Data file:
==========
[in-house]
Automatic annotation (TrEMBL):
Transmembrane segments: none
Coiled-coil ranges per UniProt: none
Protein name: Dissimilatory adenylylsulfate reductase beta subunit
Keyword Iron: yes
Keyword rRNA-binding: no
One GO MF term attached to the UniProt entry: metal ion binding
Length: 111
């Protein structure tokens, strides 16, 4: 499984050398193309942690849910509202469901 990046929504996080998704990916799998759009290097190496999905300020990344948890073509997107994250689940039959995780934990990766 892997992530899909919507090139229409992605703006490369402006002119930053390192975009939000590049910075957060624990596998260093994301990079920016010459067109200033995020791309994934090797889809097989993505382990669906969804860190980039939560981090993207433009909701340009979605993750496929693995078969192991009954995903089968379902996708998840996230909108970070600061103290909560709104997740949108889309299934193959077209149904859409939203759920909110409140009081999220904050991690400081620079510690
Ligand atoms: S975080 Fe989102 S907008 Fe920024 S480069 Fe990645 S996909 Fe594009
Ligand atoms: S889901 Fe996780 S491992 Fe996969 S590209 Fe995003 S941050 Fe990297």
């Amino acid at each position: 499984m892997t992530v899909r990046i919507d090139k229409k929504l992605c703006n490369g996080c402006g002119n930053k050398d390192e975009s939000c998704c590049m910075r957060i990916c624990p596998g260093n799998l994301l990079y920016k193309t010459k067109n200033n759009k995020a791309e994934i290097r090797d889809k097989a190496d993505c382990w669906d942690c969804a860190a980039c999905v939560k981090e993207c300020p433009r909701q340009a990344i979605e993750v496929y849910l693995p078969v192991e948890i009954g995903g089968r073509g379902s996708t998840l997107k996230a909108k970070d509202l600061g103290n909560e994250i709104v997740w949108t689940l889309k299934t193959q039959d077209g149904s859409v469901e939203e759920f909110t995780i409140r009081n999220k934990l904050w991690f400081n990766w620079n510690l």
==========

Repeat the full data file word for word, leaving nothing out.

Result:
[in-house]
Automatic annotation (TrEMBL):
Transmembrane segments: none
Coiled-coil ranges per UniProt: none
Protein name: Dissimilatory adenylylsulfate reductase beta subunit
Keyword Iron: yes
Keyword rRNA-binding: no
One GO MF term attached to the UniProt entry: metal ion binding
Length: 111
């Protein structure tokens, strides 16, 4: 499984050398193309942690849910509202469901 990046929504996080998704990916799998759009290097190496999905300020990344948890073509997107994250689940039959995780934990990766 892997992530899909919507090139229409992605703006490369402006002119930053390192975009939000590049910075957060624990596998260093994301990079920016010459067109200033995020791309994934090797889809097989993505382990669906969804860190980039939560981090993207433009909701340009979605993750496929693995078969192991009954995903089968379902996708998840996230909108970070600061103290909560709104997740949108889309299934193959077209149904859409939203759920909110409140009081999220904050991690400081620079510690
Ligand atoms: S975080 Fe989102 S907008 Fe920024 S480069 Fe990645 S996909 Fe594009
Ligand atoms: S889901 Fe996780 S491992 Fe996969 S590209 Fe995003 S941050 Fe990297």
């Amino acid at each position: 499984m892997t992530v899909r990046i919507d090139k229409k929504l992605c703006n490369g996080c402006g002119n930053k050398d390192e975009s939000c998704c590049m910075r957060i990916c624990p596998g260093n799998l994301l990079y920016k193309t010459k067109n200033n759009k995020a791309e994934i290097r090797d889809k097989a190496d993505c382990w669906d942690c969804a860190a980039c999905v939560k981090e993207c300020p433009r909701q340009a990344i979605e993750v496929y849910l693995p078969v192991e948890i009954g995903g089968r073509g379902s996708t998840l997107k996230a909108k970070d509202l600061g103290n909560e994250i709104v997740w949108t689940l889309k299934t193959q039959d077209g149904s859409v469901e939203e759920f909110t995780i409140r009081n999220k934990l904050w991690f400081n990766w620079n510690l």